GMC Terrain to Add Denali Badge for 2013 Model Year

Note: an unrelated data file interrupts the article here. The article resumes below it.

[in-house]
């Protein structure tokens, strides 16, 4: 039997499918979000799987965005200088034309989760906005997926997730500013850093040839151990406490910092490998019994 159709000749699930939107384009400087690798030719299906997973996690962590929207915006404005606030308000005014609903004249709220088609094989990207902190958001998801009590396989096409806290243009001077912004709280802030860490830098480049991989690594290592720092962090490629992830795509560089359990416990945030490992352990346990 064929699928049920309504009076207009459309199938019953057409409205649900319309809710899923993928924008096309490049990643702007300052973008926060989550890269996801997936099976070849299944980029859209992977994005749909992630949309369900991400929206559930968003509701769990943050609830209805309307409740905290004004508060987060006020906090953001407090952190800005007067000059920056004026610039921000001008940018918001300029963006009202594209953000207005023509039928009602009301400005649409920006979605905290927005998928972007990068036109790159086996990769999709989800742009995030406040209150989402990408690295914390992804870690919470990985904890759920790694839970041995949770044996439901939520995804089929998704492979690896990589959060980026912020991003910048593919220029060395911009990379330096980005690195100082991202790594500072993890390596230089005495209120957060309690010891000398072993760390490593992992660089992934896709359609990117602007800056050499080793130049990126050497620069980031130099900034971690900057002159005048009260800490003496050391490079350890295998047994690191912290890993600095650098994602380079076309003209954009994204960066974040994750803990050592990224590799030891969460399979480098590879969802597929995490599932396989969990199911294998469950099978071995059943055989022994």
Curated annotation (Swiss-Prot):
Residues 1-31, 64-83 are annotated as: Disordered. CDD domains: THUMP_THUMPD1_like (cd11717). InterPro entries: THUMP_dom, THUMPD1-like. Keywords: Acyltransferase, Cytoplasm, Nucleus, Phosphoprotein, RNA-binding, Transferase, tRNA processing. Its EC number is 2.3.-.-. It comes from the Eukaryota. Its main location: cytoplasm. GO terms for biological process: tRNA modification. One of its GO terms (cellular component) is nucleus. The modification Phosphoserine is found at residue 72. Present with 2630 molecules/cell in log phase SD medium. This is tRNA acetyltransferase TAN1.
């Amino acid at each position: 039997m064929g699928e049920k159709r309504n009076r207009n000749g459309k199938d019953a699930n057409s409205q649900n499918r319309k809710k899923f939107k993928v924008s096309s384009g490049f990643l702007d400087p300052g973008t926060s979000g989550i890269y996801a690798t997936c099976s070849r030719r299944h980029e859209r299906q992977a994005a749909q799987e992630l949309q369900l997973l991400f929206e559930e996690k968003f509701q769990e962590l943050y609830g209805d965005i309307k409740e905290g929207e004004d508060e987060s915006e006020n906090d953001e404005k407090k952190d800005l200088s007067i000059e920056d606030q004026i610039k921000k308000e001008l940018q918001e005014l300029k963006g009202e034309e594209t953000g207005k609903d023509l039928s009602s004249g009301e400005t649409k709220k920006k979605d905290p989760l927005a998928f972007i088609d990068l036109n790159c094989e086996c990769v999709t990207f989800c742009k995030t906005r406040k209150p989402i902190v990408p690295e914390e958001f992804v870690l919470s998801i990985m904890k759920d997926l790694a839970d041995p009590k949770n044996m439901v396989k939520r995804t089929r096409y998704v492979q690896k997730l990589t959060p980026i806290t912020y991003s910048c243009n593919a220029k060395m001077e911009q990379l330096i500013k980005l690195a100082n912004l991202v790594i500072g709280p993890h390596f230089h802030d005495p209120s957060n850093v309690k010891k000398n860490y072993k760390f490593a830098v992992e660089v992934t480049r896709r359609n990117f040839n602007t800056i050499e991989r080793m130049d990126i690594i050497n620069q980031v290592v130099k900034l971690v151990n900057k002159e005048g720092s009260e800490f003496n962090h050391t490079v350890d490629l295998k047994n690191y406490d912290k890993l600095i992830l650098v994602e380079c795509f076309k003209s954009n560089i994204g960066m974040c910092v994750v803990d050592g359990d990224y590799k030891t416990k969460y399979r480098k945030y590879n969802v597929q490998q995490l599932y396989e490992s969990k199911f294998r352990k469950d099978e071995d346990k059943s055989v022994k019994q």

The GMC Terrain has been one of GMC's best-selling vehicles since its inception back in 2010 and the Detroit-based auto maker is looking to continue that trend. Last year saw Terrain sales rise 37 percent, its biggest gain ever with 83,179 vehicles finding new homes. In an effort to boost sales even further, GMC has announced it will be offering a Denali variant of the popular crossover starting this year as a 2013 model. Initially introduced at the Detroit Auto Show back in 1997, the Denali made its official debut on the 1999 Yukon. For years, the Denali trim could only be found on the Yukon, Sierra 1500, and Envoy which was phased out in 2009. For the 2011 model year, General Motors decided to expand the Denali lineup with the additions of the Acadia and Sierra heavy-duty variants. The Terrain is the latest GMC vehicle to join "the great one" or "the high one's" lineup as Denali is a native name for Mount McKinley in Alaska. Adding the Denali nameplate to one of GMC's vehicles has translated into healthy sales figures as of late. Sales of Denali-badged vehicles saw a 79-percent sales increase last year which helped boost GMC's overall sales to the tune of 19 percent. A Denali variant also revived the aging Acadia with sales of the full-sized crossover being the best on record. Denali versions of the Acadia accounted for 28 percent of the 79,288 crossovers sold last year. The Denali is usually the highest level of trim offered on any GMC vehicle and ushers in different exterior styling cues and further interior refinement. Exterior upgrades such as a honeycomb grille and bigger chrome-aluminum are the most noticeable changes outside for Denali-trimmed vehicles. Yukon and Sierra models dressed in Denali trim also receive a 6.2-liter V-8 engine which is a boost in power from the already powerful and standard 5.3-liter V-8 engine. GMC has long been a more luxurious brand to GM's every-day branch Chevrolet, and the Detroit-based automaker is looking to create more daylight between the two. Currently, most vehicles in Chevrolet's stable have a platform sibling in GMC's lineup. With the addition of more Denali trims that hopefully won't be the case for too much longer. "Denali is a trim level, but it's really set that line apart" said Dave Sullivan, product analysis for AutoPacific to Automotive News. "To me, that premium status is really what GMC should be all about." Do you think the addition of more Denali-trimmed vehicles is a good thing for GMC or will it lose its luxury appeal? Sound off in the comment section below. Source: Automotive News
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